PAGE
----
Yoars Truly, by Marcus Yoars

victory

Another teen. Another gun. Another school/mall/church/theater shooting that rocks the nation.

It's not that we're completely calloused and have forgotten how to mourn; our hearts still break for those directly affected by these massacres. But in 15 years America has mastered the art of moving on—so much so that we've become accustomed to the rising evil affecting our children and somehow forgotten our own guilt in the matter. Worse still, we're content to do nothing about it and carry on as if things will naturally fix themselves.

More than 2,700 years ago, Israel did the same thing as God sent prophet after prophet to warn them of His judgment, remind them of His mercy and call them to repent of their sins. The Jewish people shed countless tears for generations, yet their sorrow didn't change the situation one bit. Their unwillingness to repent led to God's protective hand being lifted, and entire generations suffered and were lost to increasing calamity.

America now stands in the same place, and our seeds of spiritual defiance are yielding bitter physical fruit. Violence and disorder in the land continue to escalate, and this is most apparent among millennials (also dubbed Gen Y), who have been called the new "lost generation." Among older millennials (ages 25 to 29), nearly one in five is unemployed, one-third have moved back home with their parents, and the suicide rate among them is growing. In her book Generation Me, psychologist Jean Twenge analyzes our cultural self-centeredness now amplified among Gen Yers and concludes, "This is a time of soaring expectations and crushing realities."

That harsh combination undoubtedly is a factor in school shootings, but more important is the spiritual dynamic. We can no longer ignore the sobering statistics: that almost a third of those under 30 have no religious affiliation or that a whopping 59 percent of 18- to 29-year-olds with a Christian background are no longer part of a church.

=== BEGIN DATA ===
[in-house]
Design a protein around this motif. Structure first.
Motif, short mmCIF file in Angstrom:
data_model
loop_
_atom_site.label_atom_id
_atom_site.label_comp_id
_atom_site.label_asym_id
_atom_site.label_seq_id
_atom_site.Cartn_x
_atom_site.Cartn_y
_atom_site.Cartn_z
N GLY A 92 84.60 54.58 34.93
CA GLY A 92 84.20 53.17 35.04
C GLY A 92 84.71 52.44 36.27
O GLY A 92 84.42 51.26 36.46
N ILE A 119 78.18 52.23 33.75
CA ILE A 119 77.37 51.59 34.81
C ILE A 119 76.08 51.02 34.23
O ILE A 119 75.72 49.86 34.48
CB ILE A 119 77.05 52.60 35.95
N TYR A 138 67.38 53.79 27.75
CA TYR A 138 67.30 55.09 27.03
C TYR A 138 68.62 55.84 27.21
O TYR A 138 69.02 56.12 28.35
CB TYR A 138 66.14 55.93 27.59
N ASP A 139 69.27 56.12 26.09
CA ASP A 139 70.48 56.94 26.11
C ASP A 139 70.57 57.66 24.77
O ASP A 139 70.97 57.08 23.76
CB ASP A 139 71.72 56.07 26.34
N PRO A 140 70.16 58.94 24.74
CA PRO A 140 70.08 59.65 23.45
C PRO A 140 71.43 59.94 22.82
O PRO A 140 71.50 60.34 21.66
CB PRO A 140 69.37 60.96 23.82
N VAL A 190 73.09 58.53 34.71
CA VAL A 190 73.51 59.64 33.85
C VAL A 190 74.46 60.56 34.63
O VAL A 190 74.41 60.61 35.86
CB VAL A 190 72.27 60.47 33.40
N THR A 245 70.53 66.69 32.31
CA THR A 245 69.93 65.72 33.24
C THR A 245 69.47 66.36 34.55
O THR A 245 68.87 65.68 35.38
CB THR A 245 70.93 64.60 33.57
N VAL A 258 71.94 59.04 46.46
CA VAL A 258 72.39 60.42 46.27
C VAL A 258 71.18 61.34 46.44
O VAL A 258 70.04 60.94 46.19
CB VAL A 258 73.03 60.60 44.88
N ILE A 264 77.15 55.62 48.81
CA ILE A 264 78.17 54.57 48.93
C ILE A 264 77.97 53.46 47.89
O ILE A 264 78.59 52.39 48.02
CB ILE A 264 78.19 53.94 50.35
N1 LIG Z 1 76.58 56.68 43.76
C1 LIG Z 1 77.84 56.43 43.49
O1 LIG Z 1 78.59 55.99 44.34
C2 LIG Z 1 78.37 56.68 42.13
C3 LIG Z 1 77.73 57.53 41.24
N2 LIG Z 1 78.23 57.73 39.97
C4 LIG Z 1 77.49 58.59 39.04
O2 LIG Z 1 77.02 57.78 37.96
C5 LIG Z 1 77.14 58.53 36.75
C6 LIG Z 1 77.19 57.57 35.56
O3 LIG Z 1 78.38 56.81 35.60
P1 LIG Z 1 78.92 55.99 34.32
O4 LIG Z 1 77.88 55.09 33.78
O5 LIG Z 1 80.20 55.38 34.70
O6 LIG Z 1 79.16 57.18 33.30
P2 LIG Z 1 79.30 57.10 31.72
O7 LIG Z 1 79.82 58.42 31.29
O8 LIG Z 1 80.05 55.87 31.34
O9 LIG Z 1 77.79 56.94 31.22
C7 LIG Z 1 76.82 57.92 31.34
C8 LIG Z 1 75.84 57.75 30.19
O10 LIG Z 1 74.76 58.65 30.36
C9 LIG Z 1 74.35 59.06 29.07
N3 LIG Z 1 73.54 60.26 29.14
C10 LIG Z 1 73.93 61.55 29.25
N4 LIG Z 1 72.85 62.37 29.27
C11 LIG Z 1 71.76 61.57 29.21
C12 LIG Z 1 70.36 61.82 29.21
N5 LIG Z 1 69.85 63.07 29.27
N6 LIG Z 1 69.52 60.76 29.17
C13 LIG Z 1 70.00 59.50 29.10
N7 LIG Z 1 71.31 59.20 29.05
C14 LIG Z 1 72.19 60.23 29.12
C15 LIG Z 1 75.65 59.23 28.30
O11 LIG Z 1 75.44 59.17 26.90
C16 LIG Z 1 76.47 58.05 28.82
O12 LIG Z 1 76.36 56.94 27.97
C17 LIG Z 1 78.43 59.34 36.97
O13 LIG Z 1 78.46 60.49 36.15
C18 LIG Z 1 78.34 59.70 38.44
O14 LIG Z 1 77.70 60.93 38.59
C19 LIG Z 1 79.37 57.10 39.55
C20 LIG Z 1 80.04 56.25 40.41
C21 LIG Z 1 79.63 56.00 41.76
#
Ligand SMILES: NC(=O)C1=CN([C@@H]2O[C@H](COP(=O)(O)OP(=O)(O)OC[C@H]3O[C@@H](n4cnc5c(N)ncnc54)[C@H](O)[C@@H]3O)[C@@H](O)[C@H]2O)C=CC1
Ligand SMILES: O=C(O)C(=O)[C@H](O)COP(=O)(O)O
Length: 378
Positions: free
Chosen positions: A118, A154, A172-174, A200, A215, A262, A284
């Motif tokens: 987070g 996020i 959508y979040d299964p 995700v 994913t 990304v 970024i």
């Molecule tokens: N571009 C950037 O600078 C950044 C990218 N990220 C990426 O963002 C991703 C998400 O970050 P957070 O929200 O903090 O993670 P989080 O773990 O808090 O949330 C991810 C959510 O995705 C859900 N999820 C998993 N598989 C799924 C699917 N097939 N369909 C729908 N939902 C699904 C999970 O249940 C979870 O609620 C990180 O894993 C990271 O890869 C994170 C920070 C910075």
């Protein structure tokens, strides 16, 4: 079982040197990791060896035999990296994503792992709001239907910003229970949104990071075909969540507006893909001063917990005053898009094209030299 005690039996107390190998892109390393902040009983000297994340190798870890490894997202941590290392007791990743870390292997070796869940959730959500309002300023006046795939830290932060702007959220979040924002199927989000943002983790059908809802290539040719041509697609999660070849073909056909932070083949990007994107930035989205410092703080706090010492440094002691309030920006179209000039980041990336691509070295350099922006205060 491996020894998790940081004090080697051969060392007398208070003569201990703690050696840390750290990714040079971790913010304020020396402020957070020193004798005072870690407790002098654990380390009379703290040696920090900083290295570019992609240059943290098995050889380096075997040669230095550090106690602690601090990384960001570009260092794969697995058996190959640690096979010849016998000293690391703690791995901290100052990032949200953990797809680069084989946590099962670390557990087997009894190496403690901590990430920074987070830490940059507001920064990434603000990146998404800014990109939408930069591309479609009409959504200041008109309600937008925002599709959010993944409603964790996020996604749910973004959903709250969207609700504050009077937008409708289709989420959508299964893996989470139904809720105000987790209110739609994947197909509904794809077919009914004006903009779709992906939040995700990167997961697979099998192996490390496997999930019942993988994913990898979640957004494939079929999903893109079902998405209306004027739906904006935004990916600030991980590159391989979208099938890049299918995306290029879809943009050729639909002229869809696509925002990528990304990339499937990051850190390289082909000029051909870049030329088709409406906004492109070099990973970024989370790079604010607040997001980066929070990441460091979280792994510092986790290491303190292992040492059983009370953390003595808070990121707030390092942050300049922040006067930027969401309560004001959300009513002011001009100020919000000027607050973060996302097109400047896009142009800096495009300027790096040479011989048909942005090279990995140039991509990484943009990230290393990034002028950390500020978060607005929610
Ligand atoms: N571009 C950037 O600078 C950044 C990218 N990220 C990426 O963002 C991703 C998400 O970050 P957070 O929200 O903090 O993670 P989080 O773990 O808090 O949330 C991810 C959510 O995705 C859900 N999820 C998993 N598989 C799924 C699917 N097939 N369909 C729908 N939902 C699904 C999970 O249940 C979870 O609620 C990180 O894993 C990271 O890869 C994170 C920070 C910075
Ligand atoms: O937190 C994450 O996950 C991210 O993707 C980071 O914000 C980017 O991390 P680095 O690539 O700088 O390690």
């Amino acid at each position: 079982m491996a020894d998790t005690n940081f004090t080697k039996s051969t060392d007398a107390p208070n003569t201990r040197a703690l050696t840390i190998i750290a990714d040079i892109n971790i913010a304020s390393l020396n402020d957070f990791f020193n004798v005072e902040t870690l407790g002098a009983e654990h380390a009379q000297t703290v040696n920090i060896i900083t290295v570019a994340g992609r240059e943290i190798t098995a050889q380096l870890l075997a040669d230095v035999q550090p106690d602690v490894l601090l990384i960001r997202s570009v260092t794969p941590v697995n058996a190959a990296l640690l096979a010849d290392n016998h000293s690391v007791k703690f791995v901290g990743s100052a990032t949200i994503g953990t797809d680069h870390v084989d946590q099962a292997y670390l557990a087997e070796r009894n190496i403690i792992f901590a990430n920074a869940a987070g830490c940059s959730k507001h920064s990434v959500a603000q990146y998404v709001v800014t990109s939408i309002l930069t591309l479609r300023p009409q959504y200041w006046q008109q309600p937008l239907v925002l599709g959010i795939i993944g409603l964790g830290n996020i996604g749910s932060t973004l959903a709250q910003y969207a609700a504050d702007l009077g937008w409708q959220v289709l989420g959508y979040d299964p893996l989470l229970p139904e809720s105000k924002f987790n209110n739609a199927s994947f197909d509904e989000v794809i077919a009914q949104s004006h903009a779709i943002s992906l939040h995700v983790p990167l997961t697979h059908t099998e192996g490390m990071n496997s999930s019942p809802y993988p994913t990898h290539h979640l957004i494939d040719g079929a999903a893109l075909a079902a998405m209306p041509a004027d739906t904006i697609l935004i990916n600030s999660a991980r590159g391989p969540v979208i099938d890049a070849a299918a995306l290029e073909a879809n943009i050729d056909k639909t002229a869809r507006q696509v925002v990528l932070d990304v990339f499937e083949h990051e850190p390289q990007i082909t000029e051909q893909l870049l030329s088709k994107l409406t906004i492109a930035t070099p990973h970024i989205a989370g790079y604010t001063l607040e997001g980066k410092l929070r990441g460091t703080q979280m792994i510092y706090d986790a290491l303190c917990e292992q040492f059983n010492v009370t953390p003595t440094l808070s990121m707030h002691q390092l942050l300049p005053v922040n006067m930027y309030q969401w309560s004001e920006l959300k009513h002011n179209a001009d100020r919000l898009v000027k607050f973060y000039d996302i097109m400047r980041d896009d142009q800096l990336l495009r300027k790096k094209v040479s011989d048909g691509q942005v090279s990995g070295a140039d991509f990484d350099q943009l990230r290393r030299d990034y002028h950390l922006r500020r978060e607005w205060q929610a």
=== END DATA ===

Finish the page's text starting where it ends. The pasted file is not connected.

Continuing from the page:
R. Loren Sandford, a Denver pastor and author who's seen teen violence repeatedly hit close to home, has sounded a prophetic warning for years. After the most recent Denver suburb school shooting, he lamented: "Nothing short of a strong move of national repentance can turn this around, but in convincing us that we're all victims and not sinners—that law and morality are relative to the feelings of the individual—our enemy has effectively eliminated repentance from the conceptual realm for those who have not been reached for Jesus, and even from the hearts of many who call themselves Christian."

So how do we, the church, combat the enemy's assault on this generation? As Jesus' living body on earth, we carry the solution. With that in mind, here are a few basic things we can do for millennials.

1) Recognize the heightened spiritual warfare over the next generation. Satan is bent on destroying our youth and has succeeded in doing so perhaps more than ever in our nation's history. But until we understand that the real fight is first spiritual—against principalities and spiritual powers (Eph. 6:12)—and respond with repentance as Sandford says, no change in gun control or school security laws will do a thing.

2) Intercede like never before. Our fight is first spiritual; so is our solution. Prayer is the only way we'll turn the tide and see a shift among the Millennial generation.

3) Disciple a young person. Most Gen Yers can multitask and mask their way to looking good on the outside, yet beneath the surface lies unresolved hurt, deep questions and gripping fear. As the most biblically illiterate generation in years, they often lack an understanding of even the most foundational elements of their faith. Let's put our arms around them, dive into the Bible together and mentor them in the faith.

4) Open your home. This month's cover story is on adoption and foster care. While you may not officially take in an orphan, you can at least make your home a safe place for spiritually orphaned millennials to rest and wrestle with elements of their faith.

No politician or pop star can save America's "lost generation." Only Jesus can. As His living body, representing Him on earth, we can shape our nation's future by helping this generation find their way home.


Marcus Yoars is the editor of Charisma. Check out his blog at marcusyoars.com or connect with him via Twitter at @marcusyoars or facebook.com/marcusyoars.

 

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